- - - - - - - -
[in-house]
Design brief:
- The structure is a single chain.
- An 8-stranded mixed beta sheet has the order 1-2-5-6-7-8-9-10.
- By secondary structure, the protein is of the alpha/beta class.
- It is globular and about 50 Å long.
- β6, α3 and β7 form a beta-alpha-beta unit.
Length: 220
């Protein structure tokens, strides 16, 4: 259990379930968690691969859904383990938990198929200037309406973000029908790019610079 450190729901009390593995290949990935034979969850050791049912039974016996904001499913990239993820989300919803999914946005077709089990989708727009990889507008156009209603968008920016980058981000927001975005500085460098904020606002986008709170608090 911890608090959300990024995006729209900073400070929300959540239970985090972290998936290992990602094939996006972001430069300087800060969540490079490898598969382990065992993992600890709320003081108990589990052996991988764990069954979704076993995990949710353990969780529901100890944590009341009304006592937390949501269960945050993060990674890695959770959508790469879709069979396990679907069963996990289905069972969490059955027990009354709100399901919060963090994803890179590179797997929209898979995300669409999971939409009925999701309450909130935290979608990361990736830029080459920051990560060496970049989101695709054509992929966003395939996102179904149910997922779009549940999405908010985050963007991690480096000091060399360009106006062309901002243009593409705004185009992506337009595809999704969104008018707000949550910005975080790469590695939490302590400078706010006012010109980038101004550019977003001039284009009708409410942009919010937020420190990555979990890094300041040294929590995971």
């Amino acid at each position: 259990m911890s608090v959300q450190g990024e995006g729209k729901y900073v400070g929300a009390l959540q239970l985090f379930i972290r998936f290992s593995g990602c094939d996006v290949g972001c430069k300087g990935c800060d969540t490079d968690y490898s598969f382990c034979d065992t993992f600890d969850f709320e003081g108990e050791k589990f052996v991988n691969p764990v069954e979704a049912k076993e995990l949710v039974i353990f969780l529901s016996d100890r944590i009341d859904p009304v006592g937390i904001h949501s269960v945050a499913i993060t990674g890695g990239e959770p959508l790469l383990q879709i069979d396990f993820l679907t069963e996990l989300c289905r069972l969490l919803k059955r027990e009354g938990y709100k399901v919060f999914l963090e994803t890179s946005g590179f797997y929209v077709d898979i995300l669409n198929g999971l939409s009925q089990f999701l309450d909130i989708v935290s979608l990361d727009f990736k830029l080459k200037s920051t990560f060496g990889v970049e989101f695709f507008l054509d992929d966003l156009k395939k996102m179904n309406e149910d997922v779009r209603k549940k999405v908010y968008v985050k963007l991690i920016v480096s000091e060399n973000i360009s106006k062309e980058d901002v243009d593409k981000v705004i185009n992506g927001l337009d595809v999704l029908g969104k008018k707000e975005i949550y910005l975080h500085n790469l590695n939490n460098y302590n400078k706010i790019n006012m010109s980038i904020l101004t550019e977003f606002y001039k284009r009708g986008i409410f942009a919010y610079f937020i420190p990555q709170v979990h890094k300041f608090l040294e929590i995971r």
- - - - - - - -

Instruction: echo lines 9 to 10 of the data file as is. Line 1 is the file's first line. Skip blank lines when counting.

């Protein structure tokens, strides 16, 4: 259990379930968690691969859904383990938990198929200037309406973000029908790019610079 450190729901009390593995290949990935034979969850050791049912039974016996904001499913990239993820989300919803999914946005077709089990989708727009990889507008156009209603968008920016980058981000927001975005500085460098904020606002986008709170608090 911890608090959300990024995006729209900073400070929300959540239970985090972290998936290992990602094939996006972001430069300087800060969540490079490898598969382990065992993992600890709320003081108990589990052996991988764990069954979704076993995990949710353990969780529901100890944590009341009304006592937390949501269960945050993060990674890695959770959508790469879709069979396990679907069963996990289905069972969490059955027990009354709100399901919060963090994803890179590179797997929209898979995300669409999971939409009925999701309450909130935290979608990361990736830029080459920051990560060496970049989101695709054509992929966003395939996102179904149910997922779009549940999405908010985050963007991690480096000091060399360009106006062309901002243009593409705004185009992506337009595809999704969104008018707000949550910005975080790469590695939490302590400078706010006012010109980038101004550019977003001039284009009708409410942009919010937020420190990555979990890094300041040294929590995971």
């Amino acid at each position: 259990m911890s608090v959300q450190g990024e995006g729209k729901y900073v400070g929300a009390l959540q239970l985090f379930i972290r998936f290992s593995g990602c094939d996006v290949g972001c430069k300087g990935c800060d969540t490079d968690y490898s598969f382990c034979d065992t993992f600890d969850f709320e003081g108990e050791k589990f052996v991988n691969p764990v069954e979704a049912k076993e995990l949710v039974i353990f969780l529901s016996d100890r944590i009341d859904p009304v006592g937390i904001h949501s269960v945050a499913i993060t990674g890695g990239e959770p959508l790469l383990q879709i069979d396990f993820l679907t069963e996990l989300c289905r069972l969490l919803k059955r027990e009354g938990y709100k399901v919060f999914l963090e994803t890179s946005g590179f797997y929209v077709d898979i995300l669409n198929g999971l939409s009925q089990f999701l309450d909130i989708v935290s979608l990361d727009f990736k830029l080459k200037s920051t990560f060496g990889v970049e989101f695709f507008l054509d992929d966003l156009k395939k996102m179904n309406e149910d997922v779009r209603k549940k999405v908010y968008v985050k963007l991690i920016v480096s000091e060399n973000i360009s106006k062309e980058d901002v243009d593409k981000v705004i185009n992506g927001l337009d595809v999704l029908g969104k008018k707000e975005i949550y910005l975080h500085n790469l590695n939490n460098y302590n400078k706010i790019n006012m010109s980038i904020l101004t550019e977003f606002y001039k284009r009708g986008i409410f942009a919010y610079f937020i420190p990555q709170v979990h890094k300041f608090l040294e929590i995971r």